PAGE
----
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WW2 Landing Crafts

Discussion in 'The War In The Pacific' started by Jim, May 6, 2012.

  1. Jim

    Jim New Member

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    Landing Ship, Dock (LSD)

    Amphibious warfare in the Pacific threw up many requirements for specialised support vessels, among which was that for a 'mother ship' to transport landing craft across the vast expanses of ocean between Japan’s various island fortresses. On arrival at the beachhead, the LSD had provision to launch and support its complement of LCTs for the duration of the operation.

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    Landing Ship, Dock (LSD) [​IMG] [​IMG]

    DISPLACEMENT: 7,930 tons (7,805 tonnes) fully loaded
    DIMENSIONS: Overall length 457 ft 9 in (139.52 m); Beam 72 ft 3 in (22,02 m); Draught 17 ft (5,18 m)
    ENGINES: Two single shaft, geared steam turbine engines
    MAXIMUM SPEED: 16 knots (29.63 km/h)
    ARMAMENT: One 3 inch gun and up to twenty 20 mm Oerlikon cannons
    CREW COMPLEMENT: 290
    CARGO CAPACITY: Two LCT 3/LOT 4, three LCT 5 or 36 LCM 3 landing craft or 1,500 tons (1,477 tonnes) of cargo and 263 troops.

    Landing Craft, Vehicle & Personnel (LCVP)

    One of the work horses of the Pacific war, the wooden LCVP was manufactured on a large scale by a network of contractors throughout the United States. Capable of carrying troops, cargo or vehicles, America's 'island hopping' strategy would have been impossible without these humble craft shuttling to and fro between the ocean-going transports and the various beachheads.

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    Landing Craft, Vehicle & Personnel (LCVP) [​IMG] [​IMG]

    DISPLACEMENT: 11 1/2 tons (11.32 tonnes) fully loaded
    DIMENSIONS: Overall length 36 ft (10.97m) Beam 10ft 6in (3.20m) Draught 26 in (0.66m)
    ENGINE: Single shaft, water-cooled petrol or diesel engine
    MAXIMUM SPEED: 9 knots (16.67 km/h)
    ARMAMENT: Two 0.303in Browning machine guns.
    CREW COMPLEMENT: Three
    CARGO CAPACITY: One 3 ton (2,722 kg) truck, 36 troops or 31/2 tons (3,175 kg) of freight.

    The success of the US amphibious operations in the Pacific hinged on these unpretentious vessels.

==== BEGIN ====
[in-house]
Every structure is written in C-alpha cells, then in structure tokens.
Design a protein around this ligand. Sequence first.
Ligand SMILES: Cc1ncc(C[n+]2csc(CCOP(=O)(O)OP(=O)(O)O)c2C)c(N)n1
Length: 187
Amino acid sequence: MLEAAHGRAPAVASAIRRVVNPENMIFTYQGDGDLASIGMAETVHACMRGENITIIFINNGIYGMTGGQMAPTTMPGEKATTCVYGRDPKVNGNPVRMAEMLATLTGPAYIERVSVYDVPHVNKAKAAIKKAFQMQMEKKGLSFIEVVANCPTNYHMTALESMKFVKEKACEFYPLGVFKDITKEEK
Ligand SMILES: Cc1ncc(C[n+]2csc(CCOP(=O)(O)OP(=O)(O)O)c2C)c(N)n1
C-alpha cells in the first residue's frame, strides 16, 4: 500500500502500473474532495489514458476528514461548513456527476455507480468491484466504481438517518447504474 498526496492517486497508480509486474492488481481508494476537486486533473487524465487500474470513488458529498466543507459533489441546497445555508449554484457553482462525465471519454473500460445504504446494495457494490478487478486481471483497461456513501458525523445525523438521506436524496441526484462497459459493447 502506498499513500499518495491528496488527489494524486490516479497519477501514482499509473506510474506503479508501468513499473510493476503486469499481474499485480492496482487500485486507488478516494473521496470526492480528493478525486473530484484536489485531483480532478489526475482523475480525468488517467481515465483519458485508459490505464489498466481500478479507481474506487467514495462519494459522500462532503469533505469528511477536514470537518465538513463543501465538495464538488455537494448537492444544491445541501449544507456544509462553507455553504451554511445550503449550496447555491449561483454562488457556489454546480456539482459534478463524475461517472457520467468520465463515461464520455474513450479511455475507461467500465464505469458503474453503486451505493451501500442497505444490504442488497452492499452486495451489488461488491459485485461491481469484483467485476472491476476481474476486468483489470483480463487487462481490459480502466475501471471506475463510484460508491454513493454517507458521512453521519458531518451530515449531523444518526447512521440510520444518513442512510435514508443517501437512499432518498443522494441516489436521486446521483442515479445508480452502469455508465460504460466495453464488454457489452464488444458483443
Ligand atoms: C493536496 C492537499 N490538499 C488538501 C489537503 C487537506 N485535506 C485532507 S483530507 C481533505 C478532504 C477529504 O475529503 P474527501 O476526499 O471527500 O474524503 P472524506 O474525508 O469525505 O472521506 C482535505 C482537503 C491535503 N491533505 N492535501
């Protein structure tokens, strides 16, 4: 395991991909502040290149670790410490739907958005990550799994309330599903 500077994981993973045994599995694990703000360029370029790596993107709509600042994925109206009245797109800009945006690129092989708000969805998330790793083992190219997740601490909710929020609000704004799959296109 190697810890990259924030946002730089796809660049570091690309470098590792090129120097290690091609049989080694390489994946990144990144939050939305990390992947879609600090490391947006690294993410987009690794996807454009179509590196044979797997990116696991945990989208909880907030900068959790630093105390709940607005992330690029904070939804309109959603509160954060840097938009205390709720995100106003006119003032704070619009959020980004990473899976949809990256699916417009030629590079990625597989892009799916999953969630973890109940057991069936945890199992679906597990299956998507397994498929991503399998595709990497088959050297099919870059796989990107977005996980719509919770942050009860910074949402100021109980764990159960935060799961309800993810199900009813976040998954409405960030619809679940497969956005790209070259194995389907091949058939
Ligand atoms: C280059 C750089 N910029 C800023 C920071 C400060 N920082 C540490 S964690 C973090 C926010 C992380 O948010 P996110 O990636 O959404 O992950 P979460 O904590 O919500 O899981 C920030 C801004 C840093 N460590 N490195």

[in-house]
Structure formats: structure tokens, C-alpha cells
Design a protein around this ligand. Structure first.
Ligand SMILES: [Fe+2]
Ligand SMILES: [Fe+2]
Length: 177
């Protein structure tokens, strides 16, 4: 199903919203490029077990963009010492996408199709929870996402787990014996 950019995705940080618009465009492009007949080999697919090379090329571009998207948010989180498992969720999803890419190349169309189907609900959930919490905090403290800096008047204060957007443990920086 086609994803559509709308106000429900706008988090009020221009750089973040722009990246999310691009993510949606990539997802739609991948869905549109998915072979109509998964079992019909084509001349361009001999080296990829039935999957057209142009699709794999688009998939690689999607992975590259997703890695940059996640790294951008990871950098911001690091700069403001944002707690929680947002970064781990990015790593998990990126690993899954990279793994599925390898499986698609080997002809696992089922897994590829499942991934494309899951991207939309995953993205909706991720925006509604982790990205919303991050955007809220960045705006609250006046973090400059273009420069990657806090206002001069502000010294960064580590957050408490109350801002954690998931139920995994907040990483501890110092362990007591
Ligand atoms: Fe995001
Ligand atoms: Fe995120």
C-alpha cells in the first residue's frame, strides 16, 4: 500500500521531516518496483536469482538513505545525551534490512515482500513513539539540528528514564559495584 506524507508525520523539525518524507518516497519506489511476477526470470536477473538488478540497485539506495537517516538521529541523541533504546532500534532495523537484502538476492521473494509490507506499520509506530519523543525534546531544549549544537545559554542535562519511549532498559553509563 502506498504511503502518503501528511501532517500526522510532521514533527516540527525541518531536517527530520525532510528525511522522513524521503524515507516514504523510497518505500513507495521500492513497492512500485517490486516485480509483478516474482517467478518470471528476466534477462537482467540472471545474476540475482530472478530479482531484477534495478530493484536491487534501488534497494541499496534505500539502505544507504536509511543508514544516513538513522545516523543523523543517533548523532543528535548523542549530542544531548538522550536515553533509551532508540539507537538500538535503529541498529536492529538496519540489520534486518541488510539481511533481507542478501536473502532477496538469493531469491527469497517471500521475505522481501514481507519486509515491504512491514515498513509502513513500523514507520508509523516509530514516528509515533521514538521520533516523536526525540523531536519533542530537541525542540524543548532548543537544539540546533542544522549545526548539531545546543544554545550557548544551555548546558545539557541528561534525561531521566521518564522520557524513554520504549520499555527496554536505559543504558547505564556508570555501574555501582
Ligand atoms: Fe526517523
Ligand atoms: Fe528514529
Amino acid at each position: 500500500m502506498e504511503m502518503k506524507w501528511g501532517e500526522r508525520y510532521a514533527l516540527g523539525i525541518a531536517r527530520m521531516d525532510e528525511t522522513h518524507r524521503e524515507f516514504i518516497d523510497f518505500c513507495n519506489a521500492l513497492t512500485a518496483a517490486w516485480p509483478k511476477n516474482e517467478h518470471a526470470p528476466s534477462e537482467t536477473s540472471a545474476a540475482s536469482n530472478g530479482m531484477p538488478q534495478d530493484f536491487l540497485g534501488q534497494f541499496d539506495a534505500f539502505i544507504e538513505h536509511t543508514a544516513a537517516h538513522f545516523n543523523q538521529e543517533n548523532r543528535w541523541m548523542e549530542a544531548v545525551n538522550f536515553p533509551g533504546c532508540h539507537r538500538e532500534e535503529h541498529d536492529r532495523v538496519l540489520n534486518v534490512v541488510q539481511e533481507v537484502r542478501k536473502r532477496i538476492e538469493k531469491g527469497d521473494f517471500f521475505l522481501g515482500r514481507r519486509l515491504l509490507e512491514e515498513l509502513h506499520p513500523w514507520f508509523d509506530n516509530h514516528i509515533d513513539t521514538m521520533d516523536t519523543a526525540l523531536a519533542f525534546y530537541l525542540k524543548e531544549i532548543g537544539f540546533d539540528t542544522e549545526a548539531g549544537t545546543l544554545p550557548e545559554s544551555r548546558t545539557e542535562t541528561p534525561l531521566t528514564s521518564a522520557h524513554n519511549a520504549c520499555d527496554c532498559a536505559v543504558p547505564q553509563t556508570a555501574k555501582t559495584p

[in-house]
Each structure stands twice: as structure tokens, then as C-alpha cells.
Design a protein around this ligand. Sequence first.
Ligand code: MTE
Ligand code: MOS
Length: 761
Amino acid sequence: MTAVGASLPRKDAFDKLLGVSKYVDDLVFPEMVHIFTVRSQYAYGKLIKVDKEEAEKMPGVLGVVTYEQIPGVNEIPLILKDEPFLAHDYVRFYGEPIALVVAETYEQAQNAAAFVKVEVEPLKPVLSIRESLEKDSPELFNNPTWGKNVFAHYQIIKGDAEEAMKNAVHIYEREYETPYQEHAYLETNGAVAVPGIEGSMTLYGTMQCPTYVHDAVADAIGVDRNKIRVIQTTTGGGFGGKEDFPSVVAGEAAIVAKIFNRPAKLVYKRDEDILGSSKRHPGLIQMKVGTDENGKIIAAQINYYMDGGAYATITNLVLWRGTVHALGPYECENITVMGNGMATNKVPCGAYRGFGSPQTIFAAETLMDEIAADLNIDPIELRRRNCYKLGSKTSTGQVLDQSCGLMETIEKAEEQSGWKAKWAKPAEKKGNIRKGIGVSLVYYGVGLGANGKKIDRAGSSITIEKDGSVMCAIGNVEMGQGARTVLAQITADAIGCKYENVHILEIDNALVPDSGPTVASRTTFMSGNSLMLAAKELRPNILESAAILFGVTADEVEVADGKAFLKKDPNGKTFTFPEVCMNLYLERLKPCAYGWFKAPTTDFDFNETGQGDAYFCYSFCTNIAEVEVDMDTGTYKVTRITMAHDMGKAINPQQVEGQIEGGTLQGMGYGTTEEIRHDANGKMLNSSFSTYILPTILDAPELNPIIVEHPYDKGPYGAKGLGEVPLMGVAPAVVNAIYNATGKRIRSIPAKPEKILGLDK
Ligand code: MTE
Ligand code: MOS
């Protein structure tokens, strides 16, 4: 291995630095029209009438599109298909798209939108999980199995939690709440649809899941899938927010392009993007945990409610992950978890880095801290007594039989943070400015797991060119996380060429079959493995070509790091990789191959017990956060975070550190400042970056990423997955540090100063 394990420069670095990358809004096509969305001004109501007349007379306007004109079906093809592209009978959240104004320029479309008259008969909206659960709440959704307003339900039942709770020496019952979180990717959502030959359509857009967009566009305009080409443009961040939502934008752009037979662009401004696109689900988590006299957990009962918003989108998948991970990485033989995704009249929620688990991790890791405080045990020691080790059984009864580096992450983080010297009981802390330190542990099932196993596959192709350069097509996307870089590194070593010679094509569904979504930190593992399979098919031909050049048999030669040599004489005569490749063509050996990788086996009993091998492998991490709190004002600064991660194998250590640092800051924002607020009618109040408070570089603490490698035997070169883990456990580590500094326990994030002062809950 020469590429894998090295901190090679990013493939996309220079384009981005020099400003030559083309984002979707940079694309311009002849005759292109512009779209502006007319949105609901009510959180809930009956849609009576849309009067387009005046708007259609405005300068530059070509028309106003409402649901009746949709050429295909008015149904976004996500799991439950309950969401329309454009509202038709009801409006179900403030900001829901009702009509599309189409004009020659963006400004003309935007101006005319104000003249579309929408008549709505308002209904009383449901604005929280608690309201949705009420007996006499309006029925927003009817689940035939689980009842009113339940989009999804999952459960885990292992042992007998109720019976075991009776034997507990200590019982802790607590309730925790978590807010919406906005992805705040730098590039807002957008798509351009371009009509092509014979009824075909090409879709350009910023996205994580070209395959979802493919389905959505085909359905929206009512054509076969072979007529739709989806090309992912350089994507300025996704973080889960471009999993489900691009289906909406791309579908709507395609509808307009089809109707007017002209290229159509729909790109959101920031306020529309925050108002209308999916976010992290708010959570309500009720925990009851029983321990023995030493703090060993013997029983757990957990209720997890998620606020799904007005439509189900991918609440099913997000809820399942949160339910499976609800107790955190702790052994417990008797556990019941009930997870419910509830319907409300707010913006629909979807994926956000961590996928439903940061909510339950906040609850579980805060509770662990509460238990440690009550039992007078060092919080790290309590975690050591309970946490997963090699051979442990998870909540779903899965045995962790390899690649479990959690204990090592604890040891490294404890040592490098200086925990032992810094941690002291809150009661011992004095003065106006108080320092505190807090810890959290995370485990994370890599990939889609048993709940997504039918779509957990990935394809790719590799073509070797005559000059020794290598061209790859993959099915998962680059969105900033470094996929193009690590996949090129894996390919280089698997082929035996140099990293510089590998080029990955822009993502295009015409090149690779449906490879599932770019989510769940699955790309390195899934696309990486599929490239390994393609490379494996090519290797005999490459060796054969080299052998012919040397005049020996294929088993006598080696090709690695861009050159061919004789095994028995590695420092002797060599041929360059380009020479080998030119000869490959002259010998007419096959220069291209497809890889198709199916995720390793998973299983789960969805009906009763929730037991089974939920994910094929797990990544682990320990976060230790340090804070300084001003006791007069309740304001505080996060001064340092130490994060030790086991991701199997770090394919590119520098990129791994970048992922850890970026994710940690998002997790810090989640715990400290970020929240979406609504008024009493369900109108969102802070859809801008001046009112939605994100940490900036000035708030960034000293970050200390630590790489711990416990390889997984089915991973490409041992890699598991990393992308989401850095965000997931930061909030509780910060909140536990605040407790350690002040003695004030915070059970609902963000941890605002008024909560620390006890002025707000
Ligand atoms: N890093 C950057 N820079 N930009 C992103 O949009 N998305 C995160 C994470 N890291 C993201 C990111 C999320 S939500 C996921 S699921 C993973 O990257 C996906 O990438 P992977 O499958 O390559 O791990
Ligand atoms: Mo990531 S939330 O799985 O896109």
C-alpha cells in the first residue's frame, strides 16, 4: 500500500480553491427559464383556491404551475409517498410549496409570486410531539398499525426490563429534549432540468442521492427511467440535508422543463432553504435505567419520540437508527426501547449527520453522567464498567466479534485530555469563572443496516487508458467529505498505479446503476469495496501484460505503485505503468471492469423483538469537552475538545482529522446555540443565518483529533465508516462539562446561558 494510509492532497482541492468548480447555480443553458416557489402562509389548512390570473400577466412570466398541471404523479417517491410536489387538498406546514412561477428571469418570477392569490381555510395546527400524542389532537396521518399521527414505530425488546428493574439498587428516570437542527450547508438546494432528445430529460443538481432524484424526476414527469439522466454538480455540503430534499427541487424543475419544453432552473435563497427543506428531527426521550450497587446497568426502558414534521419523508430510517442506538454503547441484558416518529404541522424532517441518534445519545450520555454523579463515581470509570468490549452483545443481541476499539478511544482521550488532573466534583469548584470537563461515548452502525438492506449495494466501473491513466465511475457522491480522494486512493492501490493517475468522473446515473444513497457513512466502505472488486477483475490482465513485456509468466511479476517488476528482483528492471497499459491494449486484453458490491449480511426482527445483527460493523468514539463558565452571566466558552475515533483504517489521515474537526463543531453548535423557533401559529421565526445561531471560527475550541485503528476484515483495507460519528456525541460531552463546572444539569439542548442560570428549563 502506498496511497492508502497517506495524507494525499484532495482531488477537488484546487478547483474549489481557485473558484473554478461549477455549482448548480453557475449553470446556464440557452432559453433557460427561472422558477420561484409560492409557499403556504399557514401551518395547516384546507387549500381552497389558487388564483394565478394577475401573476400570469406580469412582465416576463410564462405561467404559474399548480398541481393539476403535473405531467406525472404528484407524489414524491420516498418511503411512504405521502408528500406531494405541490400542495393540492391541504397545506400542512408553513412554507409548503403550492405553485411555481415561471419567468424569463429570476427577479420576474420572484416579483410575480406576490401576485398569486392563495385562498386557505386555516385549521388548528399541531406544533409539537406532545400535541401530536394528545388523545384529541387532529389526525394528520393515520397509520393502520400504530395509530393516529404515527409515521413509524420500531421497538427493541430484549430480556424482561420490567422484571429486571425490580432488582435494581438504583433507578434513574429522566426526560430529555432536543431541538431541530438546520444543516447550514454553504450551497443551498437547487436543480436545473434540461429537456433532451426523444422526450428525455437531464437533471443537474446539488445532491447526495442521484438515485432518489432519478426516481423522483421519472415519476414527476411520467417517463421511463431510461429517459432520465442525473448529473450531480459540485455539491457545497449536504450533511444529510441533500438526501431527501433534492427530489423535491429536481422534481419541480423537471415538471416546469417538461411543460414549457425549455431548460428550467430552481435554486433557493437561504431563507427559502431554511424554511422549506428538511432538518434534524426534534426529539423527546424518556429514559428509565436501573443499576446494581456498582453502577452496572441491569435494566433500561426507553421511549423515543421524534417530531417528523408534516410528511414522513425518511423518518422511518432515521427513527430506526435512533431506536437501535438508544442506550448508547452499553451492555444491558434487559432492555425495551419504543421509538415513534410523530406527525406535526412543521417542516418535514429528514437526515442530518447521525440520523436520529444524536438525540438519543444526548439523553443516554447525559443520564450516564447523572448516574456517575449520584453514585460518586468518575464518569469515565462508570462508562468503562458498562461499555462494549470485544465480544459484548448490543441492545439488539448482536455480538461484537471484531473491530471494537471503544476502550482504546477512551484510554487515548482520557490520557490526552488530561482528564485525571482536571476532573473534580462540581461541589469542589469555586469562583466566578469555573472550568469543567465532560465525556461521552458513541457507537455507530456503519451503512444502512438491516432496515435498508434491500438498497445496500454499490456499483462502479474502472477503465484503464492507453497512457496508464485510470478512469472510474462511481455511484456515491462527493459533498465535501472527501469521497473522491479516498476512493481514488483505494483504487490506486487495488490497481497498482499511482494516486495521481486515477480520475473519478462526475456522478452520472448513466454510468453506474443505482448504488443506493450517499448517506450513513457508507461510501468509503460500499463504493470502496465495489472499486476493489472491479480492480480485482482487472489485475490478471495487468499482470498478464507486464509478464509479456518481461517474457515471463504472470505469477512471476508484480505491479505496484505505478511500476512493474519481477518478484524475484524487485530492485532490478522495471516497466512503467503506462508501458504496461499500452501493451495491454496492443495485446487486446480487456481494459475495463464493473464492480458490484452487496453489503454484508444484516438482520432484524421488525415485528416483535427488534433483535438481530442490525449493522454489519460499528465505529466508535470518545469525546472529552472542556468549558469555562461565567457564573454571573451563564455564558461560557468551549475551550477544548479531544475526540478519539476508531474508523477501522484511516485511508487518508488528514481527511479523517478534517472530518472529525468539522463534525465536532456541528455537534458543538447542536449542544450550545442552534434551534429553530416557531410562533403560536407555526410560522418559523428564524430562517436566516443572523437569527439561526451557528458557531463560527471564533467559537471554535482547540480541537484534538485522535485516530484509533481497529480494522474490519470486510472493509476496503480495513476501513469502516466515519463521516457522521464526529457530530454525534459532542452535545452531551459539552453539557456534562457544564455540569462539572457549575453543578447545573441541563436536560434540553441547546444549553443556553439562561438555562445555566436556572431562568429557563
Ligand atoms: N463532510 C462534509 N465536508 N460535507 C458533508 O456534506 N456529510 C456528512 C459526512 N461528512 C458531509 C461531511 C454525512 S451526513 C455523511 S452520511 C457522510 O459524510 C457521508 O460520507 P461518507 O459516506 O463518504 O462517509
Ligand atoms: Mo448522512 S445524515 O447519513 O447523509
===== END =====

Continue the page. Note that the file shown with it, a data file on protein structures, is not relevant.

The first wave of an island assault force was made upon LVTs supported by specialised fire support to soften up the beachhead. The escorting warships laid down suppressive gunfire inland. Following the assault wave came landing craft ferrying in reinforcements.

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    With the assault troops ashore, reinforcements are transferred to LVTs if the enemy's fire necessitates. Once the beachhead has been secured, work starts on constructing support facilities (airstrips, fuel dumps, field hospitals etc) to back up the troops fighting inland to secure the island.

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  2. Jim

    Jim New Member

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    Landing Vehicle, Tracked (LVT) 4

    Known as the 'Buffalo' 18,000 of these amphibious cargo carriers were produced between 1943 and 1945. Used primarily by the USMC in the Pacific, the LVT-4 featured a rear loading ramp, an armoured cargo area and was powered in the water by means of its tracks. In addition to American usage, the British Army used the vehicle in Northern Italy, at Walcheren and for the Rhine crossing in 1945.


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    Landing Vehicle, Tracked (LVT) 4 [​IMG]

    TYPE: Amphibious cargo-carrying vehicle
    CREW: Commander, driver and three gunners
    ENGINE: One 250 hp Continental W670-9A air-cooled radial engine
    WEIGHT: 17.6 tons (15,967 kg) loaded
    DIMENSIONS: Overall length 26 ft 2 in (7.97 m); Width 10 ft 8 in (3.25 m); Height 10ft 2 1/2 in (3.07 m)
    ARMAMENT: Two 0.5 in Browning and one 0.303 in Browning machine guns
    PERFORMANCE: Maximum road speed 15 mph (24 km/h); Maximum sea speed 7 mph (11 km/h)

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